So gold and silver, horses and chariots, are good creatures of God. But this was their sin, confidence in these things. ‘There is no end of their treasures.’ If they had treasure enough, they should do well enough. ‘Their land also was full of horses.’ Was this a fault? No; but their confidence in them. They thought they were a wise people to have such furniture and provision of munition for war. But God was their king, and the chief governor of his people; and for them to heap up these things, to trust over-much in them, it was a matter of complaint. ‘Their land also is full of idols.’
Thus you see there is no confidence to be put neither in the one nor the other, neither in the association of foreign friends, who will prove deceitful, ‘reeds of Egypt,’ that not only deceive, but the splinters thereof fly about, and may run up into the hand. Such are idolaters and false friends, deceitful and hurtful. Nor in home. There is no trust in horses, munition, or such like. What doth this imply?
Horses are and useful for war; and yet we should not put our trust in them. Whath conclusion can we draw? First, we can conclude that warfare is not per se evil. This would be derived from the concept that God praises horses for their strength in war. He bolsters this with additional references:
That to war and have provision in that kind is unlawful and unnecessary, because he finds fault here with horses and the like? No; take heed of that; for John Baptist, if the soldier’s profession had been unlawful, he would have bid them cast away their weapons; but he bids them ‘do violence to no man, neither accuse any falsely,’ &c., Luke 3:14. And God would never style himself ‘the Lord of hosts, and a man of war,’ Isa. 42:13, and ‘he that teacheth our hands to war, and our fingers to fight,’ Ps. 18:34, unless it were good in the season. Therefore war is lawful, seeing in the way to heaven we live in the midst of enemies. Therefore it is but an anabaptistical fancy to judge war to be unlawful.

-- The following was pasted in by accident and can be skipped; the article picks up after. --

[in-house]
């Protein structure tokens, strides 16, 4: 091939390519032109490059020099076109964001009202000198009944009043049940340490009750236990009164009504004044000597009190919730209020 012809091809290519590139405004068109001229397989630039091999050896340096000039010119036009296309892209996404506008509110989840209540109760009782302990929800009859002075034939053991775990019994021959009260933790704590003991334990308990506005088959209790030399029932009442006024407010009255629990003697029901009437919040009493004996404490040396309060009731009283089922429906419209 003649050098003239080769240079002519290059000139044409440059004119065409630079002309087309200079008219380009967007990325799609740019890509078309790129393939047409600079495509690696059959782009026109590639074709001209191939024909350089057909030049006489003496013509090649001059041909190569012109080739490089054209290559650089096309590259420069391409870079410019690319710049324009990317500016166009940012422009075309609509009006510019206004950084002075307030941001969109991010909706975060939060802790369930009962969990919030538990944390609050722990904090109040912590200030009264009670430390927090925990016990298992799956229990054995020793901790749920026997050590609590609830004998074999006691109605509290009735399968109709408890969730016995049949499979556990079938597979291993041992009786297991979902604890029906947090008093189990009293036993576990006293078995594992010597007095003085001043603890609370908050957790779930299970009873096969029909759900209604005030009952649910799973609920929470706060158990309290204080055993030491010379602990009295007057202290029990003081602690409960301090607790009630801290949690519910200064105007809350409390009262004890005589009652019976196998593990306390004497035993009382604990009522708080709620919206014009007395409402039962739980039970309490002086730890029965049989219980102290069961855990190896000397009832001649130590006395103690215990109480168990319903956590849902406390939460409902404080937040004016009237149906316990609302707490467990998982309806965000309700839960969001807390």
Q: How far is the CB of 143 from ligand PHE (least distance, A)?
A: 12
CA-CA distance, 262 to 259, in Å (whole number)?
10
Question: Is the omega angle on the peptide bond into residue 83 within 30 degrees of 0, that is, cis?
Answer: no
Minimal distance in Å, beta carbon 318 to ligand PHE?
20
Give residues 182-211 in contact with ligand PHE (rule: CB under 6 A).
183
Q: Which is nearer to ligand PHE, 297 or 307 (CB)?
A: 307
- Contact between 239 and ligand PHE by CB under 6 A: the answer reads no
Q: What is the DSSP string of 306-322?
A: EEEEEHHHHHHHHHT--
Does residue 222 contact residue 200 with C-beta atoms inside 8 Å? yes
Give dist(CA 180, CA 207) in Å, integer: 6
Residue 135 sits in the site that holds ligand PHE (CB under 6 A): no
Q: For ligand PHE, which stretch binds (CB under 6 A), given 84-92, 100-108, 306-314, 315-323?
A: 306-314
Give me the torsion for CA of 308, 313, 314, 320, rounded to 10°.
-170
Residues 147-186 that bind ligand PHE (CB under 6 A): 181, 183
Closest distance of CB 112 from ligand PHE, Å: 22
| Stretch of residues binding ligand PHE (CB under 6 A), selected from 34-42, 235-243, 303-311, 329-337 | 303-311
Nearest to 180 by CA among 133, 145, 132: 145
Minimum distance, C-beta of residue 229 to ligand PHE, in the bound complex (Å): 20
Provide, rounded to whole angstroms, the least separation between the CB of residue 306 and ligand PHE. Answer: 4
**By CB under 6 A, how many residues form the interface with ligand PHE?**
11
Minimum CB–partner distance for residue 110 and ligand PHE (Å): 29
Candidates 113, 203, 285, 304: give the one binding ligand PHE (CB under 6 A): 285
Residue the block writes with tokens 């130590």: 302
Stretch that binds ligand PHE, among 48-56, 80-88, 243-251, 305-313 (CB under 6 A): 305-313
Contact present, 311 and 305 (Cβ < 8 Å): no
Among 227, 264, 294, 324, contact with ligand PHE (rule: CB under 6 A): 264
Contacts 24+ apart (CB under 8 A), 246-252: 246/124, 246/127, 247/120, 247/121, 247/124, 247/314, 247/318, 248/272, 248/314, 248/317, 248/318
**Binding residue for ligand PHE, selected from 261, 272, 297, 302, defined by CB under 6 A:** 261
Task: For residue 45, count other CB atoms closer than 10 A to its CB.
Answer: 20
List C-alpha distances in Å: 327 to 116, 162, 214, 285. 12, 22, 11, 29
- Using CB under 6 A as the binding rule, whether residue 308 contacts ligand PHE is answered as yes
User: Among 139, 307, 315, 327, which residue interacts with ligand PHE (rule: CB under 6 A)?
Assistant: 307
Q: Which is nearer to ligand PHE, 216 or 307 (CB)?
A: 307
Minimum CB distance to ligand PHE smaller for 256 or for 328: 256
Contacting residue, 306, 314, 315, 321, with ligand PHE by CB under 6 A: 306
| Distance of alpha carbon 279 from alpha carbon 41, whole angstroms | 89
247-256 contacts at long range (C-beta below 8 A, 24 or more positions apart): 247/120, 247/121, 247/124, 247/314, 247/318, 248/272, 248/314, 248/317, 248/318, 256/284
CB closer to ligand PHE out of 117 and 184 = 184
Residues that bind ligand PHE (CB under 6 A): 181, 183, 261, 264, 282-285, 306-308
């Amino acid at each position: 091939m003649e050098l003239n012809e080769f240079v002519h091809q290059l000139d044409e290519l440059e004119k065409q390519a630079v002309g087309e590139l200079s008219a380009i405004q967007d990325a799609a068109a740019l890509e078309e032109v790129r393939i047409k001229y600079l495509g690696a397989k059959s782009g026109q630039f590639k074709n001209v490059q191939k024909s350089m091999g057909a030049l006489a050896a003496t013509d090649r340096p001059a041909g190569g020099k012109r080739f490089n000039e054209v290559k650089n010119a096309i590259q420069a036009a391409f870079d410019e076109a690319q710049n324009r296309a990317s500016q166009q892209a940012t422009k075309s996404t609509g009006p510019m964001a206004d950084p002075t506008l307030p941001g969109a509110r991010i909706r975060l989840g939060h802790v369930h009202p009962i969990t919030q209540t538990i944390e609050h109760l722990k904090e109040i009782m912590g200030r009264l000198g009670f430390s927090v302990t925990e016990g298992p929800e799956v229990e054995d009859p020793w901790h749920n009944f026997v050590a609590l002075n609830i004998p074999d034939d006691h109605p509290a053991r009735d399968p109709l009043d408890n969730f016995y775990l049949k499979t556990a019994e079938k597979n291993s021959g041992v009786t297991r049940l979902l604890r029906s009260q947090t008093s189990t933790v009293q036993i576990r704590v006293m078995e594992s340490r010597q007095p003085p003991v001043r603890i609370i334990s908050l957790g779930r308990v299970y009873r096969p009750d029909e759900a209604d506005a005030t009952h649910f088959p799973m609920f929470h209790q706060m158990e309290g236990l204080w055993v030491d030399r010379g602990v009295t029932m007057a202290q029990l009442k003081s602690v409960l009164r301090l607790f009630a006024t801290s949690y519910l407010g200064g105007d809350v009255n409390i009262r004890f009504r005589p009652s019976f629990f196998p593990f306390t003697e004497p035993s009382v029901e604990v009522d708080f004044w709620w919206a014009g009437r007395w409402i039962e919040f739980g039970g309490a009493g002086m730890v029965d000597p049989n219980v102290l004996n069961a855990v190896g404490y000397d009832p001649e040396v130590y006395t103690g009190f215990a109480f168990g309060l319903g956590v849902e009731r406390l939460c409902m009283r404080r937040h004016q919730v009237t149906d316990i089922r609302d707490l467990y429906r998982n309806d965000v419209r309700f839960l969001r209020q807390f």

But the question about warfare is not the point of the passage. The passage condemns the way in which we put hope in the creature:
No, no; it is clean another thing which the Holy Ghost aims at: to beat back carnal confidence. For it is an equal fault to multiply help and to neglect them. Either of both are fatal many times: to multiply horses, trusting in them, or to spoil horses and other helps vainly, so to weaken a kingdom.
Thus, we do not neglect the use of means; but we must also not trust in the means. We make use of the means given by God and then put our trust in God:
Therefore there is a middle way for all outward things, a fit care to serve God’s providence, and when we have done, trust in God without tempting of him; for to neglect these helps is to tempt him, and to trust in them, when we have them, is to commit idolatry with them. Beware of both these extremes, for God will have his providence served in the use of lawful means. When there is this great care in a Christian commonwealth, there is a promise of good success, because God is with us. Otherwise, what is all, if he be our enemy?